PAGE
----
Ping: RFR(M): 8086069: Adapt runtime calls to recent intrinsics to pass ints as long

Dean Long dean.long at
Tue Jun 16 03:57:05 UTC 2015

On 6/15/2015 5:26 PM, John Rose wrote:
> On Jun 15, 2015, at 5:07 PM, Dean Long <dean.long at 
> <mailto:dean.long at>> wrote:
>> This may be a dumb (but hopefully related) question, but why do we 
>> need to add top() for _LP64:
>> 4364 #ifdef _LP64
>> 4365 #define XTOP ,top() /*additional argument*/
>> 4366 #else  //_LP64
>> 4367 #define XTOP        /*no additional argument*/
>> 4368 #endif //_LP64
>> 4396  make_runtime_call(RC_LEAF|RC_NO_FP,
>> 4397                    OptoRuntime::fast_arraycopy_Type(),
>> 4398                    StubRoutines::unsafe_arraycopy(),
>> 4399                    "unsafe_arraycopy",
>> 4400                    TypeRawPtr::BOTTOM,
>> 4401                    src, dst, size XTOP);
>> And why only for"size", but not "src" and "dst"?
> That is one of the awkward places we jam in LP64-specific code.
> Java has no size_t type; the closest it gets is "long".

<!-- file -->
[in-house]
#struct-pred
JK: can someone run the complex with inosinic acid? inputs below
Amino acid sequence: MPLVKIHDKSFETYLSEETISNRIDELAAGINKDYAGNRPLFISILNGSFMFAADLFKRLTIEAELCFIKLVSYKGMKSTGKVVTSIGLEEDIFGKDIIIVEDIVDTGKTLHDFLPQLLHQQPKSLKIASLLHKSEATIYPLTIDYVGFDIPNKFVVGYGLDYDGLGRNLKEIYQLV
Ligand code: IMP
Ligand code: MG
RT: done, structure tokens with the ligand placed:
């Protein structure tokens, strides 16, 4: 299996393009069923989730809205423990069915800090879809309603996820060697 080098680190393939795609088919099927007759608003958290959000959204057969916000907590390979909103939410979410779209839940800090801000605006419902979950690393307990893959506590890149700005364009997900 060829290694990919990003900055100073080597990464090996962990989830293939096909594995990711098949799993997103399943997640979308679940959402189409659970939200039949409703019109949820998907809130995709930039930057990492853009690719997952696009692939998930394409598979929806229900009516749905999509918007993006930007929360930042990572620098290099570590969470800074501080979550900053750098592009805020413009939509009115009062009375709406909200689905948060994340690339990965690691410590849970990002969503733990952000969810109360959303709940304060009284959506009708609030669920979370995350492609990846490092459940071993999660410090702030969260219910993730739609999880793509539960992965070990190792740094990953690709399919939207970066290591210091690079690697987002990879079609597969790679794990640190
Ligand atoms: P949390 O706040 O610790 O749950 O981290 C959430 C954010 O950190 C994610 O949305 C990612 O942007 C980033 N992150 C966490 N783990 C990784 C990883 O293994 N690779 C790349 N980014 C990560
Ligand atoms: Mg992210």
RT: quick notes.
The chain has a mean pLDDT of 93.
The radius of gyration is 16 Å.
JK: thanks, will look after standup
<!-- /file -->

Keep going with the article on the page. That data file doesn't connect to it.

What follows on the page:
> But the compiler uses Java types to set up runtime stub call signatures.
> So if we want the compiler to pass a size_t value to a stub, it has to 
> pass a long on !LP64 and int on ILP32.
> (There's no need for an int-in-a-long here, since size_t is never 32 
> bits on an int-in-a-long machine.)
> To complete the embarrassment, the compiler has an internal convention 
> of always representing the twin word for longs and doubles (see JVMS).
> Net result is that if you want to ask for a size_t in the JIT on LP64, 
> you have to #ifdef in a jlong, and pass a "top" twin word.
> — John

Thanks for the explanation.  It sounds like we are modeling the abstract 
Java stack representation of long and double, and this wouldn't be
easy to change, because I see things like "TypeFunc::Parms + 1" and 
"argument(2)" that would need to change before this could go away.


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